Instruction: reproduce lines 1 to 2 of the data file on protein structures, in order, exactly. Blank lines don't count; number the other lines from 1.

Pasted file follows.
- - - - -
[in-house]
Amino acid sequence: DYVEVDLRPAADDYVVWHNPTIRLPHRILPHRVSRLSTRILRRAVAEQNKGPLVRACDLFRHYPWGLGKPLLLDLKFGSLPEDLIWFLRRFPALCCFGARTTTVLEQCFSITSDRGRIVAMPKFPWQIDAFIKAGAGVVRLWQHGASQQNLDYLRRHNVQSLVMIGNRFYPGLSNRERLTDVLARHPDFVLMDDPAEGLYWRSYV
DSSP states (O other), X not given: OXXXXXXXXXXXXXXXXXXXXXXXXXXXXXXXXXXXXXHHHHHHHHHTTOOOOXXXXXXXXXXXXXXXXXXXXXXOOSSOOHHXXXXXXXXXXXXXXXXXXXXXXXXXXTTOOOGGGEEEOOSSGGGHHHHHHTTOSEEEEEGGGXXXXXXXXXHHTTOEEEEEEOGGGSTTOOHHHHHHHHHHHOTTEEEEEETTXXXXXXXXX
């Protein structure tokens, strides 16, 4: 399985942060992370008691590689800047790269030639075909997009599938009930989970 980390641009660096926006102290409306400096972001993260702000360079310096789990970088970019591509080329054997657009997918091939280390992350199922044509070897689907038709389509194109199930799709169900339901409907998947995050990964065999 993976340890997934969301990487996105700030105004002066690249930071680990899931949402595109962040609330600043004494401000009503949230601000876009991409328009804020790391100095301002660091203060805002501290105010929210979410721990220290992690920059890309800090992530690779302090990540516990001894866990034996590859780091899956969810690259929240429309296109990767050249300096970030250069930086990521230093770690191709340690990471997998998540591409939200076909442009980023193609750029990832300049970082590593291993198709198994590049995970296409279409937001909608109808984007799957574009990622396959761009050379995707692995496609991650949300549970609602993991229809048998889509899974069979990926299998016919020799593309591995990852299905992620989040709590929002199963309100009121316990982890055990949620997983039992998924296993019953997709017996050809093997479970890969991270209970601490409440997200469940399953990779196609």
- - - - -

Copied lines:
[in-house]
Amino acid sequence: DYVEVDLRPAADDYVVWHNPTIRLPHRILPHRVSRLSTRILRRAVAEQNKGPLVRACDLFRHYPWGLGKPLLLDLKFGSLPEDLIWFLRRFPALCCFGARTTTVLEQCFSITSDRGRIVAMPKFPWQIDAFIKAGAGVVRLWQHGASQQNLDYLRRHNVQSLVMIGNRFYPGLSNRERLTDVLARHPDFVLMDDPAEGLYWRSYV